Within the Catholic fold there have been many issues related to misinterpretation of the Church's position on numerous issues both doctrinal and moral. Here are a few:
Following Vatican II, a few theological opinions distorted presentation of the Catholic doctrine on the Church. In response, the Congregation for the Doctrine of the Faith issued a declaration approved by the Supreme Pontiff for publication in 1973:
With the outbreak and spread of the Sexual Revolution and its questions around sexual ethics, the Congregation for the Doctrine of the Faith issued a declaration approved by the Supreme Pontiff for publication in 1975:
On questions about the position of the Catholic Church regarding Masonic Associations, the Congregation for the Doctrine of the Faith issued a declaration in 1983 emphasizing the grave status of Catholics who enroll in Masonic Associations. See it here:
With the spread of meditations of Eastern religions and philosophies such as Buddhist meditation, the Congregation for the Doctrine of the Faith warned Catholic bishops of the dangers of confusing a negative outlook or escape from the world as expressed in these philosophies with Christian prayers whose goal is to sanctify the world:
The Vatican also published "A Christian Reflection on the 'New Age'" in 2003:
One of the most known cases was Liberation Theology in Latin America that used Marxist tools to increase Catholics commitment to the poor. See the response of the Congregation for the Doctrine of the Faith here:
Another was the radical Feminists attempts to improve women's status in a Western society that is increasingly becoming liberal. After questioning the Church's position on the dignity of women, the Congregation for the Doctrine of the Faith responded with a letter approved for publication by the Holy Father to the bishops of the Catholic Church on the collaboration of men and women in the Church. See it here:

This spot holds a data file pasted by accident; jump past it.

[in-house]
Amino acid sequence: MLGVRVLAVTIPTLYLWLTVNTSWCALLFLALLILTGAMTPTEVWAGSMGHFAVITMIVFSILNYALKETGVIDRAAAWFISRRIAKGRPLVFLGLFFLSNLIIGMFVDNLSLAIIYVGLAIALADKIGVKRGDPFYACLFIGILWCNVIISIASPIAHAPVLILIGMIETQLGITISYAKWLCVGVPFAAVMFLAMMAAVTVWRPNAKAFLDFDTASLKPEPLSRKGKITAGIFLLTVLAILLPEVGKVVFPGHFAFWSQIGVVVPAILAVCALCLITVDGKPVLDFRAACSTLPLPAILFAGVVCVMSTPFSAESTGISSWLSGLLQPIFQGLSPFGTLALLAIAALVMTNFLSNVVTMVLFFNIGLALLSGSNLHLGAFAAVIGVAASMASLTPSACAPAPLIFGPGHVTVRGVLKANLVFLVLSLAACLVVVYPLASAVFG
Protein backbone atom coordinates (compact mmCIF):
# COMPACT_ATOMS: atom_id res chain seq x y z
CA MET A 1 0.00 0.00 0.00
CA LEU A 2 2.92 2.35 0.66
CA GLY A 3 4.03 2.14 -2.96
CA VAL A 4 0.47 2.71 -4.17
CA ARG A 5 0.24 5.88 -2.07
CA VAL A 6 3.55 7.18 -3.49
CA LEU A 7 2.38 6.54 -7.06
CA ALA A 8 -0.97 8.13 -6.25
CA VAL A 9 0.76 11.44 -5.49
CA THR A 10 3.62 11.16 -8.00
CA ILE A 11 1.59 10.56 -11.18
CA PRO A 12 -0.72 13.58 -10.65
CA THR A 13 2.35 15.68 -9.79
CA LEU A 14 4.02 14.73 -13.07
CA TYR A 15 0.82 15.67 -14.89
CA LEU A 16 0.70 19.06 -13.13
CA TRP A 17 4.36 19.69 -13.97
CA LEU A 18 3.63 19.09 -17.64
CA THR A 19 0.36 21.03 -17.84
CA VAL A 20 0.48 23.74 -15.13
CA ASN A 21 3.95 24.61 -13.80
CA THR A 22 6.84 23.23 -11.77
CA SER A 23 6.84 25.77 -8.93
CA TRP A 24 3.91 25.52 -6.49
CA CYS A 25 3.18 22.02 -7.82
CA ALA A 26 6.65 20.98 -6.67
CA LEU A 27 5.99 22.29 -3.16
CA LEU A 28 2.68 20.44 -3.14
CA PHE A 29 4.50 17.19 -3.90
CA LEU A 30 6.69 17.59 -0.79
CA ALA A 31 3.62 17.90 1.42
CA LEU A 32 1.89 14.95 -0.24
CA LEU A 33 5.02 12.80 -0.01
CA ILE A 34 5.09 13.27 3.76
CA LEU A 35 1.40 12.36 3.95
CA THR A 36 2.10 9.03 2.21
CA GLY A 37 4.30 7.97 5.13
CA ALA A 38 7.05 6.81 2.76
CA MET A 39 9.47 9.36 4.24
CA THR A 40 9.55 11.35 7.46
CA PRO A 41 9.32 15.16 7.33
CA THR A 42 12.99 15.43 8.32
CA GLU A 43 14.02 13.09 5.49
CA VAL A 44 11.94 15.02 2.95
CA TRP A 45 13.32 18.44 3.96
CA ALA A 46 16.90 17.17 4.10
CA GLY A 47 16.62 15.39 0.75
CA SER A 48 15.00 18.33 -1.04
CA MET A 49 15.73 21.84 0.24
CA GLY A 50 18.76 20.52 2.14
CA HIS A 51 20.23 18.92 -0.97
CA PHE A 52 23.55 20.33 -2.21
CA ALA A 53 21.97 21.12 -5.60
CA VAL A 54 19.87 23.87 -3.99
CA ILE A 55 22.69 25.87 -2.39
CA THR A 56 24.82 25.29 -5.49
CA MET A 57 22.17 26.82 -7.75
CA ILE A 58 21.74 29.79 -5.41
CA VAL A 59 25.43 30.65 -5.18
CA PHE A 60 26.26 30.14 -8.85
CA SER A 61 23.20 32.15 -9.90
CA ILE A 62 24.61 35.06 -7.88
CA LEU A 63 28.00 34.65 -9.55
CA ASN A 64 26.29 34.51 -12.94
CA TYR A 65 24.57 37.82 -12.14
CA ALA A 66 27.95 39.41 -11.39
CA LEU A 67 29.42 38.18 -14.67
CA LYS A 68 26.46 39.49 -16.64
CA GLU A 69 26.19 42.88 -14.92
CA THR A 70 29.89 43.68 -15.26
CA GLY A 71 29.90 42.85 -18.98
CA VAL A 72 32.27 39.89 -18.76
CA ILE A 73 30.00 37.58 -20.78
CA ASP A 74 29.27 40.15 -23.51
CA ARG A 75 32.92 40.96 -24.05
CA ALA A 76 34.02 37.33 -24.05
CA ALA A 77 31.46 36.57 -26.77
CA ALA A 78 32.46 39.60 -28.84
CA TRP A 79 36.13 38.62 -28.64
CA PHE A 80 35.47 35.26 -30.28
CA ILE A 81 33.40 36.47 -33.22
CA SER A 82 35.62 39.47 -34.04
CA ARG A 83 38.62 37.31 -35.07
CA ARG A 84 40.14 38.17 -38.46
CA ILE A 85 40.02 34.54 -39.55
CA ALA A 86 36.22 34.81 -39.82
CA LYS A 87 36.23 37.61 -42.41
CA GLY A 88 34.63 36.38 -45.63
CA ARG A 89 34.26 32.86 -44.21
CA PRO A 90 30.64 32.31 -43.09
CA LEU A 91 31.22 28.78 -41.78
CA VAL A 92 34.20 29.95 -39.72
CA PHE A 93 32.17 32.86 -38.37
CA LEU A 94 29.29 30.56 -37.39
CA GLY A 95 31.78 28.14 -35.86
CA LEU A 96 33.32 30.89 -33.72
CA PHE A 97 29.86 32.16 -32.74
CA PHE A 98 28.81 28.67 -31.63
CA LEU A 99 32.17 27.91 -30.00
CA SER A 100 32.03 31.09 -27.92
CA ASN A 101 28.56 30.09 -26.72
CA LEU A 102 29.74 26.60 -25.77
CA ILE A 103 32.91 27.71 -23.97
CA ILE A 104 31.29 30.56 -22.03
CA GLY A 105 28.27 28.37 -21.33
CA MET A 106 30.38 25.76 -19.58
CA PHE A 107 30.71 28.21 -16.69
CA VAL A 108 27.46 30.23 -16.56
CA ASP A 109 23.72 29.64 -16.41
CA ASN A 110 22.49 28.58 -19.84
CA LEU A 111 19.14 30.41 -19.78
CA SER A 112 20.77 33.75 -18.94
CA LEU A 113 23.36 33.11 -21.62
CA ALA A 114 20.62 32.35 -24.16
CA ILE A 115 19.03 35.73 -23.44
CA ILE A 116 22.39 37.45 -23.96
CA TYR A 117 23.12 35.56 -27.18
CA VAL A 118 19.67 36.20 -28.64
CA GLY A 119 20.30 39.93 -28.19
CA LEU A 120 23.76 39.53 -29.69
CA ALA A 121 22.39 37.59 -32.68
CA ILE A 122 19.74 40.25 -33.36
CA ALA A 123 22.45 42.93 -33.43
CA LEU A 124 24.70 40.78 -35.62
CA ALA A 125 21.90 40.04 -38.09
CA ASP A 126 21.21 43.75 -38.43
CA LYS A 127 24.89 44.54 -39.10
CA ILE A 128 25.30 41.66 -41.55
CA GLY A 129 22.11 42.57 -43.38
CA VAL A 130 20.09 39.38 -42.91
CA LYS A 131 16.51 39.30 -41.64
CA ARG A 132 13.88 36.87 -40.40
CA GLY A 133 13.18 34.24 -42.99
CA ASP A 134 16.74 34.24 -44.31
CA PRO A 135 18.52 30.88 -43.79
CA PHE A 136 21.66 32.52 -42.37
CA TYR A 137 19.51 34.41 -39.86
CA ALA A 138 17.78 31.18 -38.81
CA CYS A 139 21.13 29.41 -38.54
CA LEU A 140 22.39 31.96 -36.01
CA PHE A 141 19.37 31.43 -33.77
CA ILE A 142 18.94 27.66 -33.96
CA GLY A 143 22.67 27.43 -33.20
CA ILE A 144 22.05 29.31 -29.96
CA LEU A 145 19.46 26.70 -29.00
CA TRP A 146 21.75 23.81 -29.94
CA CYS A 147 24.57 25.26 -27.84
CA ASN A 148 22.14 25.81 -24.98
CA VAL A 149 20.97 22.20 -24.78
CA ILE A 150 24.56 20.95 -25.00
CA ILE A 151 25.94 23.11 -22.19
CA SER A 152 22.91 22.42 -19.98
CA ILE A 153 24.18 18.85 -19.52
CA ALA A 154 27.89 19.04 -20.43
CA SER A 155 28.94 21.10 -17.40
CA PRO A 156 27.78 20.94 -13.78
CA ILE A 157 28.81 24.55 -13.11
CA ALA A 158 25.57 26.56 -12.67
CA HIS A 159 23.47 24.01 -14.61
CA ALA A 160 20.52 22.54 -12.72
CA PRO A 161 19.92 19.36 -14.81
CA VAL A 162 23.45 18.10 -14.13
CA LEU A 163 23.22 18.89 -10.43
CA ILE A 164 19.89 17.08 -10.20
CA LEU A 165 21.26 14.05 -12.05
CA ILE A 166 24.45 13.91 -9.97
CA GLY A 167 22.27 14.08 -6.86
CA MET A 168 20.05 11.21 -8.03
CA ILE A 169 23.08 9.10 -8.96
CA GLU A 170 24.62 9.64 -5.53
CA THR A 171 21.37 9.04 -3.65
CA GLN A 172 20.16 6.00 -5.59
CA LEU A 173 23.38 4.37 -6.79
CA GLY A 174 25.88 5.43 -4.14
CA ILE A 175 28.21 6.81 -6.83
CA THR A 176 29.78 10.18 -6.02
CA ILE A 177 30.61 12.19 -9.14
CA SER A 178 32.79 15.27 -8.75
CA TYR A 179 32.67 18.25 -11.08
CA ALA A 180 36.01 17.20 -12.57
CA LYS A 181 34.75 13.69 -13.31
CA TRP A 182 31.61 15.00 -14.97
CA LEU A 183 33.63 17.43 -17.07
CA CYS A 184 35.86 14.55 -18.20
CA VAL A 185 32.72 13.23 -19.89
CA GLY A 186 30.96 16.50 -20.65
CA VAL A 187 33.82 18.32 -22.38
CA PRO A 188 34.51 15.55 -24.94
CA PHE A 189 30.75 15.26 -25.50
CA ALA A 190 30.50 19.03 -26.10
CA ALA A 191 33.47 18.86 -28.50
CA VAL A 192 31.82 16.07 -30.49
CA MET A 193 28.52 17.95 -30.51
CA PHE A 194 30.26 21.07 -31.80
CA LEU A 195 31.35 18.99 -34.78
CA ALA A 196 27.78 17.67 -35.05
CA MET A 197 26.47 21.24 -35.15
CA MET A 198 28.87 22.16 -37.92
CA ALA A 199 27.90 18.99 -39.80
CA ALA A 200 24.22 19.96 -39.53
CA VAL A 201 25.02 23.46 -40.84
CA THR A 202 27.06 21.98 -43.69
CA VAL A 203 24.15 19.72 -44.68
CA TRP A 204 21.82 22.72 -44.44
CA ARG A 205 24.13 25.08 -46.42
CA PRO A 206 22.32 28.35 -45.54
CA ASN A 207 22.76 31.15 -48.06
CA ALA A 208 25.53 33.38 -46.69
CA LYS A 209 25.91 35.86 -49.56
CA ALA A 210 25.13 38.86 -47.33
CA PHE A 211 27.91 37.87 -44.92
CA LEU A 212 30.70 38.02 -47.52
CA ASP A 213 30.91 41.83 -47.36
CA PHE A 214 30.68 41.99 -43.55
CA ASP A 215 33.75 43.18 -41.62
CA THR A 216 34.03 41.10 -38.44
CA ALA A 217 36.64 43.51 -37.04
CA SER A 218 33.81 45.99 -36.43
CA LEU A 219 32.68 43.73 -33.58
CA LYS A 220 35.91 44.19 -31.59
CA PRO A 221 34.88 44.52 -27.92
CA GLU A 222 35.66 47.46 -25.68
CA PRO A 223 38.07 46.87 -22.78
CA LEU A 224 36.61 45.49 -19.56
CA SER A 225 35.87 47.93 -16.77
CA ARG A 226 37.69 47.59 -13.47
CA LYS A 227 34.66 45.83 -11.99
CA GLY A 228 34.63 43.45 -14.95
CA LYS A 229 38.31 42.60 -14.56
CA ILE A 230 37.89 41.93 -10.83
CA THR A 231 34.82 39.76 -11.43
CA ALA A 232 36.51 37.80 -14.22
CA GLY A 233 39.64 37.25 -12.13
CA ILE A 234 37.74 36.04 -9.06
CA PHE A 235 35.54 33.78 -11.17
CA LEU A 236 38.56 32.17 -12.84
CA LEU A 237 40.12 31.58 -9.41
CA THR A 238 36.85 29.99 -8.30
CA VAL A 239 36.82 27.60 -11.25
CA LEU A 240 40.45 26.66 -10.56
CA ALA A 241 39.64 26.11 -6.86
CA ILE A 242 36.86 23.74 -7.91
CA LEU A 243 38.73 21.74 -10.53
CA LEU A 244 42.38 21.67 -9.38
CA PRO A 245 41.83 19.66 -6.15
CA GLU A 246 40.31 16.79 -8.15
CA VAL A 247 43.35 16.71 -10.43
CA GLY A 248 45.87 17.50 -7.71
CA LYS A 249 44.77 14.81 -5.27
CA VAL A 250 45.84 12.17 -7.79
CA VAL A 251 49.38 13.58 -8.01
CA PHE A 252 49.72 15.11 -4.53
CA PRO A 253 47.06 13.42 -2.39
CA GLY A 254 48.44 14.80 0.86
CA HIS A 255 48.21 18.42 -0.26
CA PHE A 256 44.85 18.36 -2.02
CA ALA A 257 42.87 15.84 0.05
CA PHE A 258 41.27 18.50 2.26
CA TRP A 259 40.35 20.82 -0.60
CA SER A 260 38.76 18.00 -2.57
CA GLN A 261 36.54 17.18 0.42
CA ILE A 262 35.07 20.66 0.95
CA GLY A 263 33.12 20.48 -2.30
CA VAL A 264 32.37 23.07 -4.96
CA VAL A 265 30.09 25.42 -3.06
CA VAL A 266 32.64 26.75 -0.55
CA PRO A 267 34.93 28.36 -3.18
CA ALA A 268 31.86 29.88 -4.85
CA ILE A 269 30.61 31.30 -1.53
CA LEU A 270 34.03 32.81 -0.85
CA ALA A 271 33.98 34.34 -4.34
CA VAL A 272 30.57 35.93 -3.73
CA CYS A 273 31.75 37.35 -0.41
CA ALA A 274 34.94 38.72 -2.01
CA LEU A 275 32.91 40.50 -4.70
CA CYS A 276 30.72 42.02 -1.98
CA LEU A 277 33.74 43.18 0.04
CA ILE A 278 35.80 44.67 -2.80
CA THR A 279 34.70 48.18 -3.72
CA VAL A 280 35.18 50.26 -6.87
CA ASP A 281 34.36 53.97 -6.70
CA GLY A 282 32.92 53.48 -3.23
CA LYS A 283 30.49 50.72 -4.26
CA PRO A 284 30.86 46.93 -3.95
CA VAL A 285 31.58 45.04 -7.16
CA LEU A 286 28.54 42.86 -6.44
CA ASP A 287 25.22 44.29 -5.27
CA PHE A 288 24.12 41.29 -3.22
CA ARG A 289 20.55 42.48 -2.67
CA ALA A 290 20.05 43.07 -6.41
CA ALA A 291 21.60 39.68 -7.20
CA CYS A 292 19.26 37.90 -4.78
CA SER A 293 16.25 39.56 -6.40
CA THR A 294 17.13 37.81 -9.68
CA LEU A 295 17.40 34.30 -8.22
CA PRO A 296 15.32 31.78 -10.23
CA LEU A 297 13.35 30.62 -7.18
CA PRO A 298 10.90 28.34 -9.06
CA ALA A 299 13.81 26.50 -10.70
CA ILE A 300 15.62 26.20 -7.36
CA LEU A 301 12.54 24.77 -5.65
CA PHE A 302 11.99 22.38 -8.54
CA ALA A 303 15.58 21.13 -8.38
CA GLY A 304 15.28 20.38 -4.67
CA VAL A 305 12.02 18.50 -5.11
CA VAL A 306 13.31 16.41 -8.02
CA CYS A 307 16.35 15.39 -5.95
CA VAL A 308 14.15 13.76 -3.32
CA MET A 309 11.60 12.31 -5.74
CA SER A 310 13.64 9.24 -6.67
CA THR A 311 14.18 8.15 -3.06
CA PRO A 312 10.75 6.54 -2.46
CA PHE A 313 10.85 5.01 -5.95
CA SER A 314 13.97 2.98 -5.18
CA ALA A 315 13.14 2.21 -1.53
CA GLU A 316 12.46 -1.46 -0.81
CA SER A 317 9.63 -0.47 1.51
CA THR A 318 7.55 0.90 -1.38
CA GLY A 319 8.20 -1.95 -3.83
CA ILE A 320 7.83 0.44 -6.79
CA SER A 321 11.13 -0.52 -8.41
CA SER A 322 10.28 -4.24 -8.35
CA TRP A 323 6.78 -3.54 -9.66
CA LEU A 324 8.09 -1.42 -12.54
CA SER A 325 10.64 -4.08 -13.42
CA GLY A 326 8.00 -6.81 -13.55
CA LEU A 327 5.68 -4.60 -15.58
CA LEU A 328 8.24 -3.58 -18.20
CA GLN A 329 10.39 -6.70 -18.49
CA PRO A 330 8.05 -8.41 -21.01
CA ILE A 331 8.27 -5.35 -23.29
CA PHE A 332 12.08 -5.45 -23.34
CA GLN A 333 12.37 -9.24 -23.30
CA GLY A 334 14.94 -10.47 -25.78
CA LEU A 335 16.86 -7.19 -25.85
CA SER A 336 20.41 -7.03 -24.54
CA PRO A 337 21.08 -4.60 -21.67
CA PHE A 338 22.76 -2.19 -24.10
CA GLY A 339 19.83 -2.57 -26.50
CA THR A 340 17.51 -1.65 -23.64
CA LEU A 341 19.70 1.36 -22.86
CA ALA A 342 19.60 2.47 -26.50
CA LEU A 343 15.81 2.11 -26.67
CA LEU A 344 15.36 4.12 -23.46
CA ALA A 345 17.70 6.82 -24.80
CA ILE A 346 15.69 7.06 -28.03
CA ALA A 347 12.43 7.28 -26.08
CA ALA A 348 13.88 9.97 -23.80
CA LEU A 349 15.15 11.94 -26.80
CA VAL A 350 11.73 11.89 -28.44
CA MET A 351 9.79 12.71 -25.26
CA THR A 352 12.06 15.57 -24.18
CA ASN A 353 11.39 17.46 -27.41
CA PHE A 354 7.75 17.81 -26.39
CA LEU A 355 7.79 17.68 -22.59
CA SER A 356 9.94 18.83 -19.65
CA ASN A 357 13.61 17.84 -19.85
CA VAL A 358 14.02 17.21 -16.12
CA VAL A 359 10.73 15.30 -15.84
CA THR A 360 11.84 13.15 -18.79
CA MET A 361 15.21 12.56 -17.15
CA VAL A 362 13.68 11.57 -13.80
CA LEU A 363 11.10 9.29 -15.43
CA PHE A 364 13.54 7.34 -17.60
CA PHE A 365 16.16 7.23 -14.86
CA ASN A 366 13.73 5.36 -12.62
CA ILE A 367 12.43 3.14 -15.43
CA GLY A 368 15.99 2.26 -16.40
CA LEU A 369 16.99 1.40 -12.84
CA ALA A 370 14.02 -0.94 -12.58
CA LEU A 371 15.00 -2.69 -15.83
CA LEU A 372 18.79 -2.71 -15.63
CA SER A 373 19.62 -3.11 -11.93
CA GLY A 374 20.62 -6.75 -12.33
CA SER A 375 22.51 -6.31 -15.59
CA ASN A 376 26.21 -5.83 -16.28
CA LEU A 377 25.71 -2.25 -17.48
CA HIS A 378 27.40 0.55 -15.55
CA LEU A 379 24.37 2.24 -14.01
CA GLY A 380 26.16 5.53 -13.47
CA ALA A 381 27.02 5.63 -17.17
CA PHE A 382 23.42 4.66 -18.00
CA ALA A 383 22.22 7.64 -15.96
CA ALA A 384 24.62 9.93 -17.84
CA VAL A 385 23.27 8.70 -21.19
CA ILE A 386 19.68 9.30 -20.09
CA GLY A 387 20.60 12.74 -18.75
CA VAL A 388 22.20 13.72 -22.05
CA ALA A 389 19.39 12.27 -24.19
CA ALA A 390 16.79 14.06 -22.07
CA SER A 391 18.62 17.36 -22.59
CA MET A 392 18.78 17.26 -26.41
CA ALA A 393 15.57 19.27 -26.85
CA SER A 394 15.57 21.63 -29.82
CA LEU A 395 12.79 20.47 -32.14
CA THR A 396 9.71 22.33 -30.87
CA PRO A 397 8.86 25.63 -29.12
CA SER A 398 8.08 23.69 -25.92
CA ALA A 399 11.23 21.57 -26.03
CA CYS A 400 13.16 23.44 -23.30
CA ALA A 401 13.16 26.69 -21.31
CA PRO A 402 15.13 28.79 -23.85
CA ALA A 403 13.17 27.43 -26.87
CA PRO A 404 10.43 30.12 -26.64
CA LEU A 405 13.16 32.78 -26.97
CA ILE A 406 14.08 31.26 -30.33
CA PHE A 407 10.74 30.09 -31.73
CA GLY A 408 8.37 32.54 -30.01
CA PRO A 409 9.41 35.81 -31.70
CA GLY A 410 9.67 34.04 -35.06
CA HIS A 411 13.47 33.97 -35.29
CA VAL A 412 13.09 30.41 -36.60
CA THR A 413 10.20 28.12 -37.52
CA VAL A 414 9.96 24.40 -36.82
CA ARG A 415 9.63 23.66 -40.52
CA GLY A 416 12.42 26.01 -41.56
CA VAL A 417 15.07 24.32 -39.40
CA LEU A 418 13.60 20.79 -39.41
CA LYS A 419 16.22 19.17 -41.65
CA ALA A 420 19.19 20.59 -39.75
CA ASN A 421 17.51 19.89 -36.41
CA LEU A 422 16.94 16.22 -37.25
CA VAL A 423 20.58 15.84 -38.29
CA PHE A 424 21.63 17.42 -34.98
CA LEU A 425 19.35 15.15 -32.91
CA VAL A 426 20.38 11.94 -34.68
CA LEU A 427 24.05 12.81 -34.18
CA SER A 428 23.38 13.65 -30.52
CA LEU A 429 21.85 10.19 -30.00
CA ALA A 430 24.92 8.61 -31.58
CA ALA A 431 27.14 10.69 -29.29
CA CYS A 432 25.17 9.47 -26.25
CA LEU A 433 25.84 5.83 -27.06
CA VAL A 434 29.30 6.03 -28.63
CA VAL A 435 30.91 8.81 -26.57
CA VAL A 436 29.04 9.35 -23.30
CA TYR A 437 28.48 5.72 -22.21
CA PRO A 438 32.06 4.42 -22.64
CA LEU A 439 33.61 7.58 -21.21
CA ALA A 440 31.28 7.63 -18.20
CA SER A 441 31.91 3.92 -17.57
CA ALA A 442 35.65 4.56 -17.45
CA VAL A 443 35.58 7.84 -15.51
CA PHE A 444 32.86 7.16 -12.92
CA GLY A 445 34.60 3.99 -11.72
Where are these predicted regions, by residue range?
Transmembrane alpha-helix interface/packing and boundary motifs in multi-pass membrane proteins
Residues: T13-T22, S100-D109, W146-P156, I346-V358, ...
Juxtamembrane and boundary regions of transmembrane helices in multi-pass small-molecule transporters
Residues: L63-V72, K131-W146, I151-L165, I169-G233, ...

Feminists staunchly demanded and attempted the ordination of women to the sacrament of Orders. The response of the Congregation for the Doctrine of the Faith came in its decree approved by the Supreme Pontiff and dated December 21, 2002:
On the Conservative/Traditionalist side, Archbishop Marcel Lefebvre caused a schism by ordaining bishops without Rome's approval for which he was excommunicated from the Catholic Church in 1988. Traditionalist continue to demand a restoration of the Church to pre-Vatican II atmosphere where the Roman Curia was in charge of the entire Catholic Church. You can sense the polarization too in the attitudes towards the Holy See whenever the Pope makes statements that support the Jewish faith or the Muslim faith. If the Pope supports Israel, then Arabs scream at him. If he shows a stand with Arab Palestinians then Israelis condemn him.
Yet we still hope that every thing will be well. Reunion is not as easy as we thought 50 years ago. Dialogue with the Orthodox Churches shows that Catholics and Orthodox are in agreement on probably 95% of their common heritage. Much of the perceived differences between Catholics and Orthodox are to a great extent due to memories of events of rivalry or proselytism in the past. Dialogue with some Communions of the Reformation has shown that in essential things they agree with the doctrines of the Catholic Church. In addressing the World Council of Churches, John Paul II emphasized the faith of Catholics that Jesus Christ alone is the Saviour of all. As for dialogue with major religions, advances have been made in prayers at Assisi and elsewhere. All moderates on all sides seem to agree that the only way to go forward is to work together. This is particularly important as atheism and materialism creep in the global village.